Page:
used on sustainable farms and a list of hints to help consumers
make ecologically friendly choices when they buy food.
U.S. Organic Farming in 2000-2001: Adoption of Certified
U.S. farmland managed under organic systems expanded rapidly
throughout the 1990s, and that pace has continued as farmers
strive to meet consumer demand in both local and national markets.
The U.S. Department of Agriculture (USDA) implemented national
organic standards on organic production and processing in October
2002, following more than a decade of development. The new uniform
standards are expected to facilitate further growth in the organic
farm sector. This report updates USDA estimates of land farmed
with organic practices for 2000 and 2001, and provides new estimates
on the number of certified organic operations in each State.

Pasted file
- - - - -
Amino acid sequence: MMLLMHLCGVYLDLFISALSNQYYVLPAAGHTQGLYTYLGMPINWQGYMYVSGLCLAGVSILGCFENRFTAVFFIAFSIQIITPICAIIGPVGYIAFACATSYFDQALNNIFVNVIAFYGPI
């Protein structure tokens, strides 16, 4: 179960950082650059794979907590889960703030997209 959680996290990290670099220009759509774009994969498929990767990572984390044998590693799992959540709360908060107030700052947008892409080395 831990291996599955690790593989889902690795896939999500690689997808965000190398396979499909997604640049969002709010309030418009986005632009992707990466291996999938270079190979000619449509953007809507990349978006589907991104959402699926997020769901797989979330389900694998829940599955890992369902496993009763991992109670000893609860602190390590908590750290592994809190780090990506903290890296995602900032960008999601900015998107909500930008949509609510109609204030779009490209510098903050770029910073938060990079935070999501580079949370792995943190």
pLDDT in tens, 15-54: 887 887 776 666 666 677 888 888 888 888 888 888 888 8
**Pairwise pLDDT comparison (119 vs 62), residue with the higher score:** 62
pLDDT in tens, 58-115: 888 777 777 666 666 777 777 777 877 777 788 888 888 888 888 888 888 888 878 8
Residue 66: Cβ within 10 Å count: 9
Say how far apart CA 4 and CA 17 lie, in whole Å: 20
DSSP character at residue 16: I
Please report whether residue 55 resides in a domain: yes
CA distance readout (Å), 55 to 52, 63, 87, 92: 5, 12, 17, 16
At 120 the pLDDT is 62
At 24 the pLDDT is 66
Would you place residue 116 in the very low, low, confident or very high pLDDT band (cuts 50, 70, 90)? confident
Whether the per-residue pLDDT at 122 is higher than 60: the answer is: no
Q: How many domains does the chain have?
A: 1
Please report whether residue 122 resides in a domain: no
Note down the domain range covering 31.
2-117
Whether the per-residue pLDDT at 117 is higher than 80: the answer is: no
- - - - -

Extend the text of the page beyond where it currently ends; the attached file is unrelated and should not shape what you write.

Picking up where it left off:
“Terrorism, Radicalism, and Populism in Agriculture”
Luther Tweeten, Ohio State University, Prof. Emeritus of
Agricultural Trade and Policy
This book discusses the strengths and vulnerabilities of our
agricultural systems to a terrorist attack. (p.176) To order
contact Iowa State University Press at 800-862-6657 or
Value-Added Development Grant Program
The 2002 Farm Bill authorized the U.S. Department of Agriculture
to award $240,000,000 over the next six years ($40,000,000 per
year) to producers or producer groups that engage in value-added
ag operations. The Value-Added Development Grant (VADG) program
offers two types of grants:
PLANNING: Grants will be awarded to proposals requesting
funds for organizational activities – feasibility studies,
business plans, marketing plans, legal expenses, and other
with beginning a VADG business.
WORKING CAPITAL: To be eligible for a working capital grant,
a feasibility study and a business plan MUST be completed prior
to requesting funds. USDA will want a copy of both before a working
capital award is given. Working Capital funds cannot be used
for “brick and mortar” or for equipment.
The maximum dollar amount for one of these VADG awards is